Rabbit Facts.

  • Life span: 8 – 12 years (but can be 12+)
  • Puberty: 3+ months in smaller breeds, 5-8 months in larger breeds
  • Litter size: average 5-8 kittens
  • Birth weight: 40-100grams
  • Eyes open: 7-10 days
  • Weaning: 4-6 weeks

Pairing your bunny

Pairing your rabbit.

buddiesforbunnies

Like us, rabbits are social animals and companionship is crucial. However 57% of the UK's pet rabbits live alone.

When introducing new rabbits to each other it is best to introduce the rabbits to each other in the environment that they will be sharing. For more information on the ideal rabbit environment click here.

If you are introducing a new rabbit to your existing rabbits environment, you should make sure that the area is ‘neutralised’. Clean the area thoroughly and move objects such as tunnels and log piles: this will make the space look and smell unfamiliar to the resident.

Make sure that the area you are going to introduce the rabbits in is large enough for them to get away from each other and has areas and shelters for each rabbit to hide in.

When introducing rabbits can take anything from thirty minutes to a couple of days for the rabbits to establish a bond. When you are ready to introduce your rabbits place them in separate ends of the enclosure and make sure that you have time to be around and observe their behaviours so that if they really do not like eah other you can remove either rabbit before either become very distressed or injured.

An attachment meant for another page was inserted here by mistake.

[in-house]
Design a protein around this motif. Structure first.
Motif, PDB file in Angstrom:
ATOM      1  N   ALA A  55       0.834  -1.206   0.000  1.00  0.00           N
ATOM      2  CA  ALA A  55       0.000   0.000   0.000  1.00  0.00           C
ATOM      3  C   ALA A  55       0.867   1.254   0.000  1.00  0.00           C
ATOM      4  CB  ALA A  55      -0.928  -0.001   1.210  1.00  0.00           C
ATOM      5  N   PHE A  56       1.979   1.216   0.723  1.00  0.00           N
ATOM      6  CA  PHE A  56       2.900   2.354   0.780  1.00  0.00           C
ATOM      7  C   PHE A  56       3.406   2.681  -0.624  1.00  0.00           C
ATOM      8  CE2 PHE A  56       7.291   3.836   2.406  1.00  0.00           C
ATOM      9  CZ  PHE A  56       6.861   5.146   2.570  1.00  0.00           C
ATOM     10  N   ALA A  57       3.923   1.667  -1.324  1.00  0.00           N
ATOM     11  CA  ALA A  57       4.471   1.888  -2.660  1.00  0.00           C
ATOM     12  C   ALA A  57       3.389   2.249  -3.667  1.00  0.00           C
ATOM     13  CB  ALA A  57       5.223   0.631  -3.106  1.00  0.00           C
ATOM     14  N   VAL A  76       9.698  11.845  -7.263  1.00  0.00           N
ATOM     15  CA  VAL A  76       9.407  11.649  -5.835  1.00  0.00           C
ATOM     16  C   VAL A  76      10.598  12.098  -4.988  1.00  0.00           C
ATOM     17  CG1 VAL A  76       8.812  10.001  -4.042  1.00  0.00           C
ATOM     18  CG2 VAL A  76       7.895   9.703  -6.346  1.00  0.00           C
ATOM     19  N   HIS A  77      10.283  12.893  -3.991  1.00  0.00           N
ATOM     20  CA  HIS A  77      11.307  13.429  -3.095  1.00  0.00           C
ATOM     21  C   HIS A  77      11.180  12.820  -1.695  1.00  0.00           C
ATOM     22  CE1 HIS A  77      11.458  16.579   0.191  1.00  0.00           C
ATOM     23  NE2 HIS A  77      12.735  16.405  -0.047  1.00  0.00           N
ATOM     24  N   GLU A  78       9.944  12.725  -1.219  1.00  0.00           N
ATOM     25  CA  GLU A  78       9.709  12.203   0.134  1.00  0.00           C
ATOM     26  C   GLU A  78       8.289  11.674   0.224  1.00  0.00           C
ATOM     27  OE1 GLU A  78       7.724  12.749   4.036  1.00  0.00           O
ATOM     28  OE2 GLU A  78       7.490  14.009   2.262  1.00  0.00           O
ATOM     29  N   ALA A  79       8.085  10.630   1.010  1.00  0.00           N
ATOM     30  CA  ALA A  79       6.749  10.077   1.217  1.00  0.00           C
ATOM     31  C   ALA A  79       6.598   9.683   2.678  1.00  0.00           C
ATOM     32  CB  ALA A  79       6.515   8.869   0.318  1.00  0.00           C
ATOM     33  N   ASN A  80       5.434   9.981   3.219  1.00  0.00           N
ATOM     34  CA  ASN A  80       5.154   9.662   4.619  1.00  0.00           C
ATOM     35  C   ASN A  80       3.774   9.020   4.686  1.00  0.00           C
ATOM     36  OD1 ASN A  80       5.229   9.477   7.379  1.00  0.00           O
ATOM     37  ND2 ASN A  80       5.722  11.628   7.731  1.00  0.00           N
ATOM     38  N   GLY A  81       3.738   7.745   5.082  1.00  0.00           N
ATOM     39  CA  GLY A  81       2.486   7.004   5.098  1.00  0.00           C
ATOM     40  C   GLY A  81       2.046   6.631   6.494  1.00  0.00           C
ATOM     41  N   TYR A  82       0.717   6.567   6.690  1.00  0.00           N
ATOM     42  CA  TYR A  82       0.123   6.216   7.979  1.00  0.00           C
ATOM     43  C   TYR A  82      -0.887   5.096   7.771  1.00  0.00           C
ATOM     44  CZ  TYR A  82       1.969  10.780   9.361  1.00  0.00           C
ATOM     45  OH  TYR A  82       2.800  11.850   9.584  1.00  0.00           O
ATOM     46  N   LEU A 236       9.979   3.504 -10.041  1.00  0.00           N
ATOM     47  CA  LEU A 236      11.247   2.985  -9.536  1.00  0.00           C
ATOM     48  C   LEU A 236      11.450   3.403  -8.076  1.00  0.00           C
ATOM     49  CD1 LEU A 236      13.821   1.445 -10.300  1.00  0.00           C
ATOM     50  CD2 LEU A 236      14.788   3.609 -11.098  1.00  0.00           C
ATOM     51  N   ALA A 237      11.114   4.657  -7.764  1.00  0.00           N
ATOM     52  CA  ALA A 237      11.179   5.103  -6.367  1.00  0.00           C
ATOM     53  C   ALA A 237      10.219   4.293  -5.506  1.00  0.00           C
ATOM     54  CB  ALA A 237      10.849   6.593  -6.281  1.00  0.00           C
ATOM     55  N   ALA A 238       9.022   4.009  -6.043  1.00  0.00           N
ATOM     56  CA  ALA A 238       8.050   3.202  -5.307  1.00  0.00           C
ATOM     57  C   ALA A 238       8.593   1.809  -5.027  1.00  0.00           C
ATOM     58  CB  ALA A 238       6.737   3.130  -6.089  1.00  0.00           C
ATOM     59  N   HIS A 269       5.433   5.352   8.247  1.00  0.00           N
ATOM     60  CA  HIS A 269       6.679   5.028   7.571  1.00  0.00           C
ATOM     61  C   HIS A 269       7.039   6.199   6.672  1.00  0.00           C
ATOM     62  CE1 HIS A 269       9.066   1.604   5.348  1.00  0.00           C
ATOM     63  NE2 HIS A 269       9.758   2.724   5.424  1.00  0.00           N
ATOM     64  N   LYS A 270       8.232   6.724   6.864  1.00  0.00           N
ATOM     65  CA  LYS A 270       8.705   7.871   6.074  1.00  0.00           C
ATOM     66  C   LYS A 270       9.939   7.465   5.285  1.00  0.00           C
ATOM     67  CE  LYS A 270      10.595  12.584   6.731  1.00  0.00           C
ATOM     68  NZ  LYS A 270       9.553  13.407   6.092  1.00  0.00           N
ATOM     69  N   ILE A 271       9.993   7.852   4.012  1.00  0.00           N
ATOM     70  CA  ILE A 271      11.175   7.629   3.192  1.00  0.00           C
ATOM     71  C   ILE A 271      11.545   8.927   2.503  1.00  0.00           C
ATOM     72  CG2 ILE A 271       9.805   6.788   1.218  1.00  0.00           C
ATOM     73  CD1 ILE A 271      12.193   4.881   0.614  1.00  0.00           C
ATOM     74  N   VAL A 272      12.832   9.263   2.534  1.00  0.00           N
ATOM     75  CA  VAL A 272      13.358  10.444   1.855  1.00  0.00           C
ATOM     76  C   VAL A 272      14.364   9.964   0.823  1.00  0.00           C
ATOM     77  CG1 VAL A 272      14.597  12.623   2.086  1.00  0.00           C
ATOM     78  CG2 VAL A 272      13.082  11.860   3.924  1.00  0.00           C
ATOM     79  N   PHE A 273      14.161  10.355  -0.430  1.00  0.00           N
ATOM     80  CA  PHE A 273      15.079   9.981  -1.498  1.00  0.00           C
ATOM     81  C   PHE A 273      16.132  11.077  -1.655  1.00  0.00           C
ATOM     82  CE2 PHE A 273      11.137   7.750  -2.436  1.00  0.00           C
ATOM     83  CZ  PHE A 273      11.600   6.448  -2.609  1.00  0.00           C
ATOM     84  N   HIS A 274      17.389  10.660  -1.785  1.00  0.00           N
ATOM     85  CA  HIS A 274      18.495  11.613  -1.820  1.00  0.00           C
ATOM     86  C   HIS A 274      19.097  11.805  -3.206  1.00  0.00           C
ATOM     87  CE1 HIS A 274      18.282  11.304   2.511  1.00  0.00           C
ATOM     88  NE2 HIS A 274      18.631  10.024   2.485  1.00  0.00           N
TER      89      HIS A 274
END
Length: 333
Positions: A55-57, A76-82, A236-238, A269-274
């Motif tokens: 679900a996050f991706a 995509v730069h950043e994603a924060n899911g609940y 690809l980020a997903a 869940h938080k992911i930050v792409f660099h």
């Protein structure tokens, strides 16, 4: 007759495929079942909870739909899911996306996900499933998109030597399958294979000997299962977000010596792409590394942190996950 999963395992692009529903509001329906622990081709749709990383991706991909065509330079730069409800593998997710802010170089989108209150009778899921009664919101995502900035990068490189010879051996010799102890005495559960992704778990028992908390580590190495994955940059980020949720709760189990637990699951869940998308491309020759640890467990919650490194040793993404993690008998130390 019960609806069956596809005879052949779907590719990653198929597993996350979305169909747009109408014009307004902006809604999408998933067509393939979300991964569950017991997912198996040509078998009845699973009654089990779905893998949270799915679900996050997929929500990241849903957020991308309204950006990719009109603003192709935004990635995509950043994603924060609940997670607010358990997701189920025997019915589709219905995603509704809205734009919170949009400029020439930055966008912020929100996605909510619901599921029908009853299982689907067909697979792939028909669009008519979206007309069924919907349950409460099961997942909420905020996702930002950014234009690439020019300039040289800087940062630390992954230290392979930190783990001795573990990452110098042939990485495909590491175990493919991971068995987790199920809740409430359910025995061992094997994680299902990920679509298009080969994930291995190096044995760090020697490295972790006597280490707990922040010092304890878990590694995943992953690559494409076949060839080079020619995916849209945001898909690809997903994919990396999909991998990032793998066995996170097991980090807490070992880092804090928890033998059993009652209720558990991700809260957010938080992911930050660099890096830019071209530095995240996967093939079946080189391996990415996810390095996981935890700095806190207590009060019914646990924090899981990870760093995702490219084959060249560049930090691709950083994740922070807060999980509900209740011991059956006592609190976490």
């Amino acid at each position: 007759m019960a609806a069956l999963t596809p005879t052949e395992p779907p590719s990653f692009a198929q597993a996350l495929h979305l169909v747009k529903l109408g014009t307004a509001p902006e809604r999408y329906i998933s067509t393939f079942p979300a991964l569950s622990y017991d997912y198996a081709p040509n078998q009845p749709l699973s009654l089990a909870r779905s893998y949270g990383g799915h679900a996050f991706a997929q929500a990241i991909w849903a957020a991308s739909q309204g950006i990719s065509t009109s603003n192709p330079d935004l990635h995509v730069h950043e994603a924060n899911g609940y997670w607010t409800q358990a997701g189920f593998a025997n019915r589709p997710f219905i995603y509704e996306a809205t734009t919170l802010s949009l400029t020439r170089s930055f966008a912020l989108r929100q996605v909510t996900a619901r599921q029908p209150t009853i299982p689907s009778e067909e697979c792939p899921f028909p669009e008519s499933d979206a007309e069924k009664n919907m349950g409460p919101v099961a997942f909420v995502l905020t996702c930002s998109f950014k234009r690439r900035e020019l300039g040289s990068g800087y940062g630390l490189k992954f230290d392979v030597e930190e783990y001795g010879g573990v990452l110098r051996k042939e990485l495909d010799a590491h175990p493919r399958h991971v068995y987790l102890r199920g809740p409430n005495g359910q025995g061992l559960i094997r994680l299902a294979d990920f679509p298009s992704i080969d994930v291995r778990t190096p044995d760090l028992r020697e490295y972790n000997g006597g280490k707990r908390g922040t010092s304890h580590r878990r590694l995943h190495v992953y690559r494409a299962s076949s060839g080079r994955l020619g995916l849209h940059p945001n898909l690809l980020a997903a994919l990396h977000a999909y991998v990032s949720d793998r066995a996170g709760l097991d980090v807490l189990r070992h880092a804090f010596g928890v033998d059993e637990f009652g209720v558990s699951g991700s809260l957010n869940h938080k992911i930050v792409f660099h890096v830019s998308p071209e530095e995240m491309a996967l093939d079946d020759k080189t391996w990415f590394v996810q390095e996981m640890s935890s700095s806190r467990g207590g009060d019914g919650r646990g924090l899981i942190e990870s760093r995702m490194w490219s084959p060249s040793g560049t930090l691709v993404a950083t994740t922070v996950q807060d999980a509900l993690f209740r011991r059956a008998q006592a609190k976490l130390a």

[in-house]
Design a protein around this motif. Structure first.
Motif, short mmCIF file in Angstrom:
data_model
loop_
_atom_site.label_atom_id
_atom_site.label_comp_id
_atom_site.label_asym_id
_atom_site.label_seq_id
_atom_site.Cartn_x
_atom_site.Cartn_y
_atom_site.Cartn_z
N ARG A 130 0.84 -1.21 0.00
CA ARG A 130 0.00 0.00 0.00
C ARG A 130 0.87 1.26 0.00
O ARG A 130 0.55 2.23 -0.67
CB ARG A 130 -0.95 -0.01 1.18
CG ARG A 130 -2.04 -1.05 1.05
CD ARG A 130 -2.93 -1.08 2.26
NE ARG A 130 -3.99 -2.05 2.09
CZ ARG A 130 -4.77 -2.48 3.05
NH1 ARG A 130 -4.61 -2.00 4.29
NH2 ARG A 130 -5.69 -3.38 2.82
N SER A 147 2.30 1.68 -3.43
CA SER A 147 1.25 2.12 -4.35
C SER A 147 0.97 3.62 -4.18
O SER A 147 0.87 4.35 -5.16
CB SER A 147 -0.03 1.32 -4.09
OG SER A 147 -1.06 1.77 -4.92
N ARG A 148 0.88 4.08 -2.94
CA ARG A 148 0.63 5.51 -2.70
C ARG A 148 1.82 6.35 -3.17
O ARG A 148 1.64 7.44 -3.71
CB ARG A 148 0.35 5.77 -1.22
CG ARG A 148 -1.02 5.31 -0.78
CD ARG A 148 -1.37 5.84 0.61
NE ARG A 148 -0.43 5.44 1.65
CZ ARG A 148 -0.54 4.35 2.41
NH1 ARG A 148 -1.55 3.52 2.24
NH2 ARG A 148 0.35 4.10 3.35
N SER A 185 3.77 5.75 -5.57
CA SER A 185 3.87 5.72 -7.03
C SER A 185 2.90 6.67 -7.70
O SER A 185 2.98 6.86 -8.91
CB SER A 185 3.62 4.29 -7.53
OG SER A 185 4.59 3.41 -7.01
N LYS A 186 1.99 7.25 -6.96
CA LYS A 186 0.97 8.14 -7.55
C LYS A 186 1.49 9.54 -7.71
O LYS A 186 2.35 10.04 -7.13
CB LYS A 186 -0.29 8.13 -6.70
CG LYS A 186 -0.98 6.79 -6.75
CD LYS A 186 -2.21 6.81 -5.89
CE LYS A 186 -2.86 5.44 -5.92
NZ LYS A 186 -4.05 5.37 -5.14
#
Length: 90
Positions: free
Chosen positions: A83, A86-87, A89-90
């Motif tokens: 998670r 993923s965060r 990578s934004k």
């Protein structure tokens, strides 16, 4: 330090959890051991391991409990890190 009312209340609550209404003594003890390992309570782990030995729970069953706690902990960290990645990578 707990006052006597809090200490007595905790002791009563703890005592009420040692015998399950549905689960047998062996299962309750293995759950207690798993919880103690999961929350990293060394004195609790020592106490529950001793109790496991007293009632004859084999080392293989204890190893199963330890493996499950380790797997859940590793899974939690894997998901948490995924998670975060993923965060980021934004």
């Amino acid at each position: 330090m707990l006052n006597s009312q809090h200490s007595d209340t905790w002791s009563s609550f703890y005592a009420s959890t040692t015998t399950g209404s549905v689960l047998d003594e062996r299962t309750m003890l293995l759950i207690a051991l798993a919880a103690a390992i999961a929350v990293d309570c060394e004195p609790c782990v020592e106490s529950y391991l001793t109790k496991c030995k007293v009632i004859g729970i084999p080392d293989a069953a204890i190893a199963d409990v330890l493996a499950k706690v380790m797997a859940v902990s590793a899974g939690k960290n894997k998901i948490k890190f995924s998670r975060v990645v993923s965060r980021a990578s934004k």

Non-hostile behaviours that may be seen when your rabbits are getting to know each other include:

  • Chasing
  • Mounting
  • Gentle fur pulling
  • Grooming each others faces
  • Indifference when they walk past each other

By the end of the first day, it’s common to see rabbits sitting calmly at opposite ends of the accommodation, grooming themselves or feeding. This is an encouraging sign that the rabbits are relaxed in each other’s company.

By day two or three, you would hope to see the rabbits sitting close together and grooming each other: this shows that the bond is complete 

Not all mixes are successful. Signs of hostility between two rabbits are obvious and dramatic and may include:

  • Charging at the other rabbit with ears flat against the body,
  • Standing up and boxing each other
  • Biting each other’s backs causing fur to fly everywhere
  • Kicking each other’s stomachs
  • Biting that results in a high-pitched scream

If these behaviours are seen on the first and second day, you should separate the rabbits to prevent further distress and/or injury to either rabbit as the pairing is unlikely to work. 

For any help and advice on pairing your rabbit or general rabbit welfare call up and chat to one of our Veterinary Nurses call Oundle on 01832 273521 of Thrapston 01832 732632